Nancy had to reconcile the optics of Jessica as an aggressor versus the calm and collected manners of Heather. Heather’s forthrightness about her sexual preference and personalizing people’s intolerance and the hurt she feels made her reconsider her own misgivings about other people’s life choices. Nancy was witnessing a leader using resolute but skillful method. “I respect each person’s right to choose. I expect no less from others,” Heather said, speaking to no one in particular but Nancy felt the words were meant for her. “Prejudice knows no gender, ethnic group. Victims of discrimination can turn around and discriminate against others based on all sorts of characteristics, including sexual preference.” That sounded even closer to home. By necessity, rather than by reason, Nancy was slowly learning to accept the fact that people can have a different sexual pulse than hers.
“I would have never thought of you that way,” Nancy said. “Look, it goes both ways. We need to respect each other’s sexual preference, religious beliefs, ethnic culture, to name a few” Heather said, and adding further, “what two consenting adults do in the privacy of their home is no one else’s business. At the same time, no one can force his or her belief on someone else. When we come to work, we agree to this principle. We take care of patients who have different religions, and we treat all of them equally. Same for people from different backgrounds. That’s the beauty of the civil rights movement. It forced all of us in society to come to terms with each other’s rights.” A white person talking about civil rights was peculiar, thought Nancy. As if responding on cue, “I am sorry about the whole matter. Next time let me know at once about any type of personal discomfort,” Heather opined, cupping Nancy’s shoulder, sealing a covenant. The participants understood the gesture’s symbolism.
Needless to say, Heather touched Nancy in an unpredictable way. Nancy had every right to be upset at Jessica’s persistence but no right to condemn Heather’s lifestyle. That was an epiphany for her. It started an internal debate about religious creed and directives in civil society. As much as she had a different notion of a couple, she couldn’t find fault with Heather as a person. It was not an easy hurdle to overcome; she could easily find sections in her holy book railing against lesbian lifestyle. How can one treat as heathen someone who treats you fairly?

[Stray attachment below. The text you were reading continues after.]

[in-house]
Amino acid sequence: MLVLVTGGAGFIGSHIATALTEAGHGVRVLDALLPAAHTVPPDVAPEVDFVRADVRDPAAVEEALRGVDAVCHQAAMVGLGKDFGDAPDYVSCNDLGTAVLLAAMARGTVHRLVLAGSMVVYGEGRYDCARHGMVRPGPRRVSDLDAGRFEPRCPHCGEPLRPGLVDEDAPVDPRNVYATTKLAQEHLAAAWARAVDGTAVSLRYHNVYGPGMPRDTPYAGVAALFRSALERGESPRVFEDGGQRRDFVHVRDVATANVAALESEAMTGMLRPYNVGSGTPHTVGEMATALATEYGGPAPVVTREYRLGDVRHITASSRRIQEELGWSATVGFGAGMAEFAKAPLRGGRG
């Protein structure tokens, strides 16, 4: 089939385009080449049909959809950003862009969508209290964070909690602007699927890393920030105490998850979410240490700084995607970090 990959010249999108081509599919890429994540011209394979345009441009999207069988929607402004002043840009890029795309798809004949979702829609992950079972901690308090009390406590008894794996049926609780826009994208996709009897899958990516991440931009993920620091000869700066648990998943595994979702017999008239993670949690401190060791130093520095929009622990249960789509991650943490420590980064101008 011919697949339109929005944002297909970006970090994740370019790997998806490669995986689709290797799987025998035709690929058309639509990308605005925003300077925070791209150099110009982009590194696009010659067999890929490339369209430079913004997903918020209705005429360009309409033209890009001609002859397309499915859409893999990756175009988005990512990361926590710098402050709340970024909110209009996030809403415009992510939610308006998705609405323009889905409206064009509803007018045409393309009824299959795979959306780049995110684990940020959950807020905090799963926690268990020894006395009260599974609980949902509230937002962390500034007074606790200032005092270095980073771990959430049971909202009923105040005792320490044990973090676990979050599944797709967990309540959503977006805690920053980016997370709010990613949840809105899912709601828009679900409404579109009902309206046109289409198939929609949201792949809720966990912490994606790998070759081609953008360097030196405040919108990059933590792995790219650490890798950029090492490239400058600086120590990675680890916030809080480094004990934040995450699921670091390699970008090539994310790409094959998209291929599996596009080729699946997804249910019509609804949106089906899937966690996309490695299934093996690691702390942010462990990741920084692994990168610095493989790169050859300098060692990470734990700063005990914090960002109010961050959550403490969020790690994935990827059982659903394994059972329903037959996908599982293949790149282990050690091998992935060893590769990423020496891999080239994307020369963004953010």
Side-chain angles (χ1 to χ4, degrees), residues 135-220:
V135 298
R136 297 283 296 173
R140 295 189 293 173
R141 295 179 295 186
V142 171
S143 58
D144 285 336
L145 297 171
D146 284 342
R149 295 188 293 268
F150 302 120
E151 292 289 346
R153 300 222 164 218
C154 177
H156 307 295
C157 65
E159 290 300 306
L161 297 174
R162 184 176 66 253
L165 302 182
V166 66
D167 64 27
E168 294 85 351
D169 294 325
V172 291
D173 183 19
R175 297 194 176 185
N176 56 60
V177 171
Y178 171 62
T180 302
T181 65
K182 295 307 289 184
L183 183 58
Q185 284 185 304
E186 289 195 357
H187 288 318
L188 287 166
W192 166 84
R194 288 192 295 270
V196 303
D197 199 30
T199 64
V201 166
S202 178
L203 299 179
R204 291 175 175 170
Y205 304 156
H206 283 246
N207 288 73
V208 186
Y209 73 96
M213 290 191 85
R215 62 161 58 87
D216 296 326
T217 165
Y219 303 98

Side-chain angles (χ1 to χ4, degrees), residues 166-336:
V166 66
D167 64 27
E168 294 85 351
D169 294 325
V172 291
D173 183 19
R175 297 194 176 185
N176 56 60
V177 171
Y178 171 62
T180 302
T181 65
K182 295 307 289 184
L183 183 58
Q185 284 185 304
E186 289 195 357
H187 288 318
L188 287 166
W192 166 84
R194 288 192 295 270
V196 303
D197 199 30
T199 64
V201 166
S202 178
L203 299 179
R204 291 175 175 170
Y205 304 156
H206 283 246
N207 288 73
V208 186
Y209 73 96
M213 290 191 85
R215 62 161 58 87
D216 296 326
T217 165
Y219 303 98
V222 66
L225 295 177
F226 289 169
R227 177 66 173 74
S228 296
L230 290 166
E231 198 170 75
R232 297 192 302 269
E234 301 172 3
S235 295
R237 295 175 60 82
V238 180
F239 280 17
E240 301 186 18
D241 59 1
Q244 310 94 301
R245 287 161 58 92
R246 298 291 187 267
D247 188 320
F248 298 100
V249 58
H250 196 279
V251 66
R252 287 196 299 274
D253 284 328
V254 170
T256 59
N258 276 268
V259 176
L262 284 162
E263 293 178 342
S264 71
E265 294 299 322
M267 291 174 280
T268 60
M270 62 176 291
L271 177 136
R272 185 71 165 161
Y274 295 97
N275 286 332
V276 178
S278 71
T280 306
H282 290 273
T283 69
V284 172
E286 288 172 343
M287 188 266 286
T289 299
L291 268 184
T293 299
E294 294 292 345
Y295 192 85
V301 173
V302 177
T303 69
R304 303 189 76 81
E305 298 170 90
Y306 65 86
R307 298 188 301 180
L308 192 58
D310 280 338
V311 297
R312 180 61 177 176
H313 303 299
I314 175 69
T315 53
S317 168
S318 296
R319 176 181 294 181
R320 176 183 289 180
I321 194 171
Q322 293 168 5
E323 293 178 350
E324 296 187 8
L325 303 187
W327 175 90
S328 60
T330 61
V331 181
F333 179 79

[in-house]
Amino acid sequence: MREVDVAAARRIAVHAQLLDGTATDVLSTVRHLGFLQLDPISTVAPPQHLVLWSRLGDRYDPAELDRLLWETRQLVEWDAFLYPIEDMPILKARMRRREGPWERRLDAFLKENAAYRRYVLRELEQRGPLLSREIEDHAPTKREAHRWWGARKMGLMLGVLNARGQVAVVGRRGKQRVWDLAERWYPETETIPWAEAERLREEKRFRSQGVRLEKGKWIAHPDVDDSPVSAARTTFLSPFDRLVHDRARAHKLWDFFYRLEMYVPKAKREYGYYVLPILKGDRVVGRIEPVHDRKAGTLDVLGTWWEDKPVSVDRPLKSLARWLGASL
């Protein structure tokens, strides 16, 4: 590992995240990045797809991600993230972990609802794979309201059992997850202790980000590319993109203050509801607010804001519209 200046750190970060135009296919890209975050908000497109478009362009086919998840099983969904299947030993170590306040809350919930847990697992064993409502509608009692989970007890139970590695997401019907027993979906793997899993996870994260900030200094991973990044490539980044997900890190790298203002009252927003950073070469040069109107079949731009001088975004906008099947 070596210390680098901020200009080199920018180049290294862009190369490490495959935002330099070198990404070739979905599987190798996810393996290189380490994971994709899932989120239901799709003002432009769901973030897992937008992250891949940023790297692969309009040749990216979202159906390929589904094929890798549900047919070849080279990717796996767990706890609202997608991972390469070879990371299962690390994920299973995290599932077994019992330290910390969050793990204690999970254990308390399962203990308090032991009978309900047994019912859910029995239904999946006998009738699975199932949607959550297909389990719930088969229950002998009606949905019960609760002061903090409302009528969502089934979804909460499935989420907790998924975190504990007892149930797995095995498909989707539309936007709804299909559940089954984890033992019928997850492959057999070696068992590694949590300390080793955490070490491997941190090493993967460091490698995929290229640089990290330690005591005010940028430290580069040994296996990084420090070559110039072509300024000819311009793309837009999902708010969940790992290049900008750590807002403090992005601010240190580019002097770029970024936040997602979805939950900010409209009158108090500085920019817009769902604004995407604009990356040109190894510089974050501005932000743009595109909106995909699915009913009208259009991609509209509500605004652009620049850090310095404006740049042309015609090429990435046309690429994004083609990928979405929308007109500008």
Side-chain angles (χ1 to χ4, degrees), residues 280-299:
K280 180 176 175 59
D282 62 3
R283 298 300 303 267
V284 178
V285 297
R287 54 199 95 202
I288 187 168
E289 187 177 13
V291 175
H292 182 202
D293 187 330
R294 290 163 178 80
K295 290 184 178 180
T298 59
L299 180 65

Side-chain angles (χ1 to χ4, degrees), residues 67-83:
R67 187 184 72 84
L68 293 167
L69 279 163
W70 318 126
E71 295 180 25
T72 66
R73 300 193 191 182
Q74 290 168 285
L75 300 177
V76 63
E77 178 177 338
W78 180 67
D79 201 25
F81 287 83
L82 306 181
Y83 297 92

Nancy’s mooring became challenged by the twin recognition of the limits of religious creed, and the flexibility offered by tolerance. She realized the need for necessary adjustments to be made to her thinking process in order to achieve if not harmony, at least peaceful co-existence, in an environment full of diversity. That became a lifelong struggle for Nancy whose reflexive reaction was always through religious lenses.
From Nancy’s perspective, the coda of this kerfuffle was encapsulated by a couple of exchanges among some of the participants. Another nurse turned to her and said, “I had no idea you were so feisty. I guess there’s some truth to the saying that one needs to be wary of calm water.” Another nurse replied, “At the same time, we are all flawed. We all hold a skeleton in our closet called ‘intolerance’. It’s a contagious disease. Therefore, we all live in glass houses. We must be careful about throwing stones.” The concept of tolerance, hard to grasp and difficult to practice in everyday life, became easier for Nancy to accept and implement when she associated it as part and parcel of the commitment she keeps pledging with her daily prayer of “Treating others as I would like to be treated.”
Reynald Altéma, MD.